The trolley operator’s station is where old-time craftsmanship and the latest technology available merge together to create a station for the operator that is both easy and safe to operate. First of all, the station has been designed for excellent visibility inside and out of the trolley, while keeping all of the operating controls within easy reach for the operator. Gomaco trolleys can be equipped with a K35G IGBT (insulated gate bipolar transistor) controller and PLC (programmable logic controller) system management to control speed and monitor power consumption. It allows the cars to travel at any speed between zero to 35 miles per hour and it will maintain any speed for an indefinite amount of time. For example, if you want to creep the trolley car at 0.5 miles per hour along the entire route, it’s possible with the K35G. It includes a system diagnostics recording that can be used for troubleshooting analysis and documentation. And, with its GPS compatibility, the car location and speed can be tracked from rider kiosks or for dispatcher’s monitoring.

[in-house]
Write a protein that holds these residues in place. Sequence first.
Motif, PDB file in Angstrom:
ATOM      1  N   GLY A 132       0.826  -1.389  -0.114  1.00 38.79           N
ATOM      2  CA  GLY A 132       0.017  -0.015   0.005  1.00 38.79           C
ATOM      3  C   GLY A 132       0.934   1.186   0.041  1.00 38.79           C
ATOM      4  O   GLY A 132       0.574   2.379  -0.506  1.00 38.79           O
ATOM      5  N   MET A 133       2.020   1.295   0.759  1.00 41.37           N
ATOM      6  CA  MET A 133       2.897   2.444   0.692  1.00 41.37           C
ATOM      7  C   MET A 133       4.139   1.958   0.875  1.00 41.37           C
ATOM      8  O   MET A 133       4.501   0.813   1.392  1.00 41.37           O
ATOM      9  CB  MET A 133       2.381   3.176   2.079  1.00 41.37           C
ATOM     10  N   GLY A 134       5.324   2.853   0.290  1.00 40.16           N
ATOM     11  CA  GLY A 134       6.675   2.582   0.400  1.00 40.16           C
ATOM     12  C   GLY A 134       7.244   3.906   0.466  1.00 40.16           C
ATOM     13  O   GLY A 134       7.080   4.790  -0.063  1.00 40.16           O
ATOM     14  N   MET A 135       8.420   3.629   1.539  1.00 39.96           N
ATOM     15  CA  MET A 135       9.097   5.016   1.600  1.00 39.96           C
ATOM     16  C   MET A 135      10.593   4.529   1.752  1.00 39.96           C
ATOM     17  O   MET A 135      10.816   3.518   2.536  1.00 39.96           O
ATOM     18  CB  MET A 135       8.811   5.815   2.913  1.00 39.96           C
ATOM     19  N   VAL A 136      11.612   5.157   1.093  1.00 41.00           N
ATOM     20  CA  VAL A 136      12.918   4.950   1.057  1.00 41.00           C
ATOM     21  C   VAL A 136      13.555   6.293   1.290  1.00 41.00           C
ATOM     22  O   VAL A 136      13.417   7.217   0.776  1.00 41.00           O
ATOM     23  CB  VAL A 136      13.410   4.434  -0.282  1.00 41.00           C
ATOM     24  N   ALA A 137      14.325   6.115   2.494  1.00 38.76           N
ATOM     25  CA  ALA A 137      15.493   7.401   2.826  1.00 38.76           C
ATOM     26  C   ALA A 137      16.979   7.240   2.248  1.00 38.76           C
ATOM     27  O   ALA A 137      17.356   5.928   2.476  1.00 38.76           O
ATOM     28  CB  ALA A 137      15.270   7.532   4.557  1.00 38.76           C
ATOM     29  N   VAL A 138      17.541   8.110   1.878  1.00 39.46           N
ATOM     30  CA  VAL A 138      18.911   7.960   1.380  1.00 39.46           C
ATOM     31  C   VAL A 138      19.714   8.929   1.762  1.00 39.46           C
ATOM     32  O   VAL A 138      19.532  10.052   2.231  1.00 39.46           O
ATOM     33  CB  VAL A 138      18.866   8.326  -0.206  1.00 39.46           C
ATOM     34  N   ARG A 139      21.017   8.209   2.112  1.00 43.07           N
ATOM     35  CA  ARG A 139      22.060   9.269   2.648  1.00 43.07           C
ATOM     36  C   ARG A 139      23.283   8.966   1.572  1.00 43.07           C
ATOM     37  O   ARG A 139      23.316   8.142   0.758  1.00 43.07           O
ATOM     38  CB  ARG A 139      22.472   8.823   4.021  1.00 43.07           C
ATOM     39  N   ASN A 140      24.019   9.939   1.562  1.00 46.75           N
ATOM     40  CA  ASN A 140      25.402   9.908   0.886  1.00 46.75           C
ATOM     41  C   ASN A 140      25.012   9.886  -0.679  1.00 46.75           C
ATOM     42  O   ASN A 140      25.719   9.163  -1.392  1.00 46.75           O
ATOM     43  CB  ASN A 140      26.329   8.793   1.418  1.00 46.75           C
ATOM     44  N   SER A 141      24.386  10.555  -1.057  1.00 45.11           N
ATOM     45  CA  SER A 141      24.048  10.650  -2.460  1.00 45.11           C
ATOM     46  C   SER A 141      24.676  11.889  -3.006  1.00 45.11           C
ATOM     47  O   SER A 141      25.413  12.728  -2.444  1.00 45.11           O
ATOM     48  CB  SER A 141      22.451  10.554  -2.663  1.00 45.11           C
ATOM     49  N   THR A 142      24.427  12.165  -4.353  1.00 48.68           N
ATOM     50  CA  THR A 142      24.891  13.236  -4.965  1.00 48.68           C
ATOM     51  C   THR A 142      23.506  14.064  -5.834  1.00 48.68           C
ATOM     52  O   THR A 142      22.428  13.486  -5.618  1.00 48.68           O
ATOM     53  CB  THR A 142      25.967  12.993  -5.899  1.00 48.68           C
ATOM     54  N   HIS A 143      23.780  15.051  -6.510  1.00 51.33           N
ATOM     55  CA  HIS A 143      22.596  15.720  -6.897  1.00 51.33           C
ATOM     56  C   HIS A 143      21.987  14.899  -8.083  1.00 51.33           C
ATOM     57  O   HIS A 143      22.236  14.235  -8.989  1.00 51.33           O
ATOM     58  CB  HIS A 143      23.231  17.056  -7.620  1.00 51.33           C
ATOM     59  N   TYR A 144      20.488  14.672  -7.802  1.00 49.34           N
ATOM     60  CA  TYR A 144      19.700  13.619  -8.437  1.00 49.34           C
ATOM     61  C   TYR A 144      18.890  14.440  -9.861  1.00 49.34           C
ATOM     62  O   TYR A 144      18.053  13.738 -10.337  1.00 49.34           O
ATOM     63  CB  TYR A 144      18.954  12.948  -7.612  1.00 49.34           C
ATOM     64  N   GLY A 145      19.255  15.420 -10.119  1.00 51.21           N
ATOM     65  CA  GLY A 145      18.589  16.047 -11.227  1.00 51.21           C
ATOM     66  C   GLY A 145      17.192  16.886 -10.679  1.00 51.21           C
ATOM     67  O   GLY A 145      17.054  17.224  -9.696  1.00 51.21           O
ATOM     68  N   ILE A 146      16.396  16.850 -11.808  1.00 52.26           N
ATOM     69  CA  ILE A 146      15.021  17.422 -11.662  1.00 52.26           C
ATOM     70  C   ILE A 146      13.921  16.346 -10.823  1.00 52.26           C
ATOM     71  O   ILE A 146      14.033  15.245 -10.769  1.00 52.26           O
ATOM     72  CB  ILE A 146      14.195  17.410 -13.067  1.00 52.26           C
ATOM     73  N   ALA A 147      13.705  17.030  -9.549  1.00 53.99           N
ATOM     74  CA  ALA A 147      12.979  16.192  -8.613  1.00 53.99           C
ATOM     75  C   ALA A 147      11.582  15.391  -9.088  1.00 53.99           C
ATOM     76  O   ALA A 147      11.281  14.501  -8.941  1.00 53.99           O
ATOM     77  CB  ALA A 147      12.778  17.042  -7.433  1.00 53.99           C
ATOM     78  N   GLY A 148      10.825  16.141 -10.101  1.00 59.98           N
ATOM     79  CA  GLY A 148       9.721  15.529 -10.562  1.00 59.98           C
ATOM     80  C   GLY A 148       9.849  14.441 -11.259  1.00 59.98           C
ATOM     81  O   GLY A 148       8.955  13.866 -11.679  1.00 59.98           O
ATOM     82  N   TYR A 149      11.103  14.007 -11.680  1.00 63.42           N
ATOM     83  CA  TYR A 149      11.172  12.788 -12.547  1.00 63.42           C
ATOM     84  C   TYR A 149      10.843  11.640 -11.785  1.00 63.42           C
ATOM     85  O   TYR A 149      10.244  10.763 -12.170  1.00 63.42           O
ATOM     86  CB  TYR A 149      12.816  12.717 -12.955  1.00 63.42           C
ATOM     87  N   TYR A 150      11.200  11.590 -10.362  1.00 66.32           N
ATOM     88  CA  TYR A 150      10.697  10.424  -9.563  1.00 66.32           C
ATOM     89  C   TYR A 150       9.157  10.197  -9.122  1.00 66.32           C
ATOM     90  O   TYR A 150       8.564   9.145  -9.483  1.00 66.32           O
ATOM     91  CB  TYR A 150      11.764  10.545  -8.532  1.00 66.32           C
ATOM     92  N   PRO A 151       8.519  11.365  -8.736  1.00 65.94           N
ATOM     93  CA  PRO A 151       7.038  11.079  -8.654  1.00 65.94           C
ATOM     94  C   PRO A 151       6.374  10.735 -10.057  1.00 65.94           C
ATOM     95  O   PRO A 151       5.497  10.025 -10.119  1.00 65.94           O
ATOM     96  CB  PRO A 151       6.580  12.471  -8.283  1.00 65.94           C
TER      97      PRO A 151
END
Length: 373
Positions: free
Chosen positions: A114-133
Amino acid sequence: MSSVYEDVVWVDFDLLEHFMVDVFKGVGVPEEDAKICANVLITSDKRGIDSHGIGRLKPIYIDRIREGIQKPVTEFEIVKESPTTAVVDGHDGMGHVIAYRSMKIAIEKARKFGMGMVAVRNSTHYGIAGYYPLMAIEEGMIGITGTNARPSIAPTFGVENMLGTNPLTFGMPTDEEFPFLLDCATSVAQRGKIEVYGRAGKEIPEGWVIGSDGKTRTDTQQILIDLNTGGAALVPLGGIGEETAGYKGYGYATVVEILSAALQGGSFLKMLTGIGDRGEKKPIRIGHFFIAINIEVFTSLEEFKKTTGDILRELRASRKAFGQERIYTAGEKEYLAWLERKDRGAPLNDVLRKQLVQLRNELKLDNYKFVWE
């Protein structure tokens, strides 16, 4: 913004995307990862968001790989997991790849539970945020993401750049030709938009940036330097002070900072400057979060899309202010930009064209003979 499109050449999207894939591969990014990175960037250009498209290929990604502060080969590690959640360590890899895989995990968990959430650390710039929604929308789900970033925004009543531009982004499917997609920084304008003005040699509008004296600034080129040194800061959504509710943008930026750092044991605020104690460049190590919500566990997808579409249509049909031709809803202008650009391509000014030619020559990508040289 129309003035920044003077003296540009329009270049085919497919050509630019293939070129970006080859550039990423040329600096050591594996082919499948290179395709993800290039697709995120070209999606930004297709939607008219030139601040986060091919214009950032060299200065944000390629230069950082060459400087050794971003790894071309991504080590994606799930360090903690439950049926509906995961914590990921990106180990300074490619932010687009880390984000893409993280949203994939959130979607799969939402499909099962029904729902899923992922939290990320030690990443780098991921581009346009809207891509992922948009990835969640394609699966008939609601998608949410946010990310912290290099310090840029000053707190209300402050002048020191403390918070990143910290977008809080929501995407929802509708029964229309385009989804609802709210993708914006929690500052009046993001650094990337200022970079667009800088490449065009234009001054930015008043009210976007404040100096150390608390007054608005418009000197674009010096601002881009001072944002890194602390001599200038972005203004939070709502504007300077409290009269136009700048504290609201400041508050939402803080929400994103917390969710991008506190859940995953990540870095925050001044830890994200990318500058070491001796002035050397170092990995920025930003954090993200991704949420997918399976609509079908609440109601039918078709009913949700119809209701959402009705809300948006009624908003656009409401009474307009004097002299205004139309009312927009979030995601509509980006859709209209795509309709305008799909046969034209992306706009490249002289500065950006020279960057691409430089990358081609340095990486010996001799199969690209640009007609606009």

The braking system features an air-applied, pneumatic brake system with composite shoes and a 24-volt hydraulic brake pump. The battery-powered trolleys capture their regenerative energy for recharging its own batteries. Electromagnetic rail brakes are an added safety feature to allow emergency stops. Emergency stop buttons are located at different points. Also, for added safety, there is full, dead-man integration at both operator locations, so if for any reason the operator becomes incapacitated, the car automatically stops.
This video profiles two of the first trolley projects: Lowell, Massachusetts, from 1982 through 1984; and Portland, Oregon, from 1990 to 1992. It was produced in 1993, and includes footage of their construction, and running the rails after completion.
Click the video below, and enjoy your ride on a Gomaco Trolley.
The Taroko Park project had its grand opening on May 9, 2016, in Kaohsiung, Taiwan. The Taroko Park shopping center and sports-themed amusement park has battery-powered, open-style trolley #ML666 transporting guests from Fountain Park to the Suzuka Circuit Park.
The "Americana At Brand" project had its grand opening on May 1-2, 2008, in Glendale, California. The shopping and residential center has two open-style Gomaco trolleys, a battery-powered lead car, #1717, and an unpowered trailer car, named GiGi, to transport guests around the facilities.